Productively Grieving Job Loss

Losing a job is brutal whether it is expected or a complete surprise. It’s hard to say which situation is worse, the surprise layoff or the long dreaded firing.

During times like these a lot of emotions rush over you one right after the other.  They may include fear, anger, outrage, bewilderment, relief, sadness, frustration, confusion and powerlessness.  As you walk to the car a giant worry floats into your mind as you wonder what your spouse will say.  How will your extended family and friends react?  How will you live?  How much will unemployment pay?  Are you going to lose everything?

You go home and deal with telling your spouse.  Now your spouse is feeling all of the emotions you felt earlier.  Most likely your spouse wants reassurance that everything is going to be all right, just at the time when you want someone to reassure you.  It is not uncommon for fear and anger to speak during this initial conversation causing psychological damage to yourself or damage to the relationship.

You rapidly spiral into depression. You might feel that no one believes in you and why should they? You just lost your job.  Or you might not feel anything at all except a sense of unreality.  These things must be happening to someone else.

What needs to happen next is for you to go through the grief process.  Everyone has their own pace, but if you would like to get through this dark night of the soul more quickly here are five tips:

  1. Pay attention to your feelings. Get a spiral notebook and write down whatever it is you are feeling.  Anger, fear, worry and then go through the five W’s who, what , when, where,  and why, plus how. Answering these questions will allow you to examine the feeling without being overwhelmed by it. Your feelings may change rapidly throughout the day, so you may need to do this more than once.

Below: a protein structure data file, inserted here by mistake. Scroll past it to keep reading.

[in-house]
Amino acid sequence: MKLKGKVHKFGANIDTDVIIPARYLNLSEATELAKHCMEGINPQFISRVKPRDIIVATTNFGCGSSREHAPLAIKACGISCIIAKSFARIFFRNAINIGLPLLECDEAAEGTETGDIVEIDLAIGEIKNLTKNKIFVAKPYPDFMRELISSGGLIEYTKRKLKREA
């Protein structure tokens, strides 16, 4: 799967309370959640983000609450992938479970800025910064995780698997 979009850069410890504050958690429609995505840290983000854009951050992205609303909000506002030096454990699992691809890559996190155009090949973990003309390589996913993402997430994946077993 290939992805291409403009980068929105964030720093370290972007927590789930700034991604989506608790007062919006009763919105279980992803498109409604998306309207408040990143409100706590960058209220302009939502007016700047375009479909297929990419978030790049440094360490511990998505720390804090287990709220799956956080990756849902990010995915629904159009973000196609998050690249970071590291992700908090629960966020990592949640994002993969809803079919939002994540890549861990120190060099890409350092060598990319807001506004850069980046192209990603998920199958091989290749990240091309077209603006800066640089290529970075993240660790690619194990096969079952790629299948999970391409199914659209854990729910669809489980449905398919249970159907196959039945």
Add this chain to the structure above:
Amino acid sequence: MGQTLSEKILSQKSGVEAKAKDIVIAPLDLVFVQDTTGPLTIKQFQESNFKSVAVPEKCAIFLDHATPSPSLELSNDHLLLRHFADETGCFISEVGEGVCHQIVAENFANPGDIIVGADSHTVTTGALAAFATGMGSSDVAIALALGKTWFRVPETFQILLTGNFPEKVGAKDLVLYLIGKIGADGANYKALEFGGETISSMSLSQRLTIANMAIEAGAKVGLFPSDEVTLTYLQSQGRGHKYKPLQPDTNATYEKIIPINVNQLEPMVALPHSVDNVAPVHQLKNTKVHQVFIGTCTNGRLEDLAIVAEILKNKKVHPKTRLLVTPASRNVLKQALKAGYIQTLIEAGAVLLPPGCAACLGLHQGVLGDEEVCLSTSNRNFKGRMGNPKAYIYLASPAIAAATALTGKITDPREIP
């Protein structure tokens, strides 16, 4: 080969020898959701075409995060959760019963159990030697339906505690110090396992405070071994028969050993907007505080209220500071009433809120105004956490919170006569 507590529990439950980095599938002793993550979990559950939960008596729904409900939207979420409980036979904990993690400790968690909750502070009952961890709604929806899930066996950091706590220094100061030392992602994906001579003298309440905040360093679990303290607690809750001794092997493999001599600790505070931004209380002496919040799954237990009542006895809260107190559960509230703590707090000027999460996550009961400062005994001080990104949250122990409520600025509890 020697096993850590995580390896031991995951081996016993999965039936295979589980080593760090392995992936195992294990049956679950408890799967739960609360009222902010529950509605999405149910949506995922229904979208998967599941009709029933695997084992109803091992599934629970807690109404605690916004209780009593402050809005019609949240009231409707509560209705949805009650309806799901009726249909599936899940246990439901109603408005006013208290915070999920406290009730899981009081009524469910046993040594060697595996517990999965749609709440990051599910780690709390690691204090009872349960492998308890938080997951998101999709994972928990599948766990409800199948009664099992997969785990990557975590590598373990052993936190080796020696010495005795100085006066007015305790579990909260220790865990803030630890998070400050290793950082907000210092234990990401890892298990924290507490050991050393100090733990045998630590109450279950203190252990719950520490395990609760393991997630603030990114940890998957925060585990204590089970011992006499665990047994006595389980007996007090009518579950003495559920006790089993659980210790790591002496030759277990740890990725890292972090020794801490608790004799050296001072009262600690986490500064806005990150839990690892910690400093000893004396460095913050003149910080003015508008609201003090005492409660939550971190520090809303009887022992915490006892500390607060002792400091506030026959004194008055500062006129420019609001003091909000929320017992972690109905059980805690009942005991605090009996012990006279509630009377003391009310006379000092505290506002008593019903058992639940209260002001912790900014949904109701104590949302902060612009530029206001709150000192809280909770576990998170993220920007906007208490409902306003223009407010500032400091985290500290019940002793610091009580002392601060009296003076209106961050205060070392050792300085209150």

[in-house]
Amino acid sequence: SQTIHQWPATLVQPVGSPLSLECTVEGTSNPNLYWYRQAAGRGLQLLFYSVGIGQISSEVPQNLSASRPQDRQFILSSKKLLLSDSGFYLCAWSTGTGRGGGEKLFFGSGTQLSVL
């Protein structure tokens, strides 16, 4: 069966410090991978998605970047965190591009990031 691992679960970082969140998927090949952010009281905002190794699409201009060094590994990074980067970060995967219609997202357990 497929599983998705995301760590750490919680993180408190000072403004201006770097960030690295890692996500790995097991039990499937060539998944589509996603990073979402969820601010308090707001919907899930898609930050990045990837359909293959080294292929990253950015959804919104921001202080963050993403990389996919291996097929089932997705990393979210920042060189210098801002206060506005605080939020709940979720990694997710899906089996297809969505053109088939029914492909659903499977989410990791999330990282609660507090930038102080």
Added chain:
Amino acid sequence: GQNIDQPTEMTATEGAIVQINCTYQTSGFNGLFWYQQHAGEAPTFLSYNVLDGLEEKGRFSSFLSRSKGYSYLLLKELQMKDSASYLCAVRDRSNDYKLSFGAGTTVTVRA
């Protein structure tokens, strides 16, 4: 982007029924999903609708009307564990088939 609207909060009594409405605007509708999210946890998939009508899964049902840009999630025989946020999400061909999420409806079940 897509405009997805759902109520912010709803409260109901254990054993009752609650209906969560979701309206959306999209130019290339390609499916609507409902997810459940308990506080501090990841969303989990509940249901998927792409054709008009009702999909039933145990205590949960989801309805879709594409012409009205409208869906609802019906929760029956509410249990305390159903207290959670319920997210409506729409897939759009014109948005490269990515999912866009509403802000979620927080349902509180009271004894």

2. Tell the total truth about your job. When your feelings are manageable journal about your job. What did you like about it?  What did you hate?  What about your co-workers?  How did your boss support you or not support you?
  3. Do something physical.  Go for a walk every day.  Work out at the gym if you have a membership.  Moving your body will help unlock your mind especially if it has been stuck on one thought or one emotion.
  4. Network with new people. Check or your local paper for professional groups with your interest.  Go out and meet new people and find out what companies are hiring right now.
  5. Talk to your friends and find out who knows someone who knows someone who is hiring.  Ask for referrals and recommendations.

Taking action will keep you moving.  If you find that you are feeling numb and not able to process your emotions you might want to try a LifeLine session.  A LifeLine session will help you identify the emotion that has you locked up and it will help you to handle it in a safe constructive way.  Do you have questions.  Click the link and book a complementary session.

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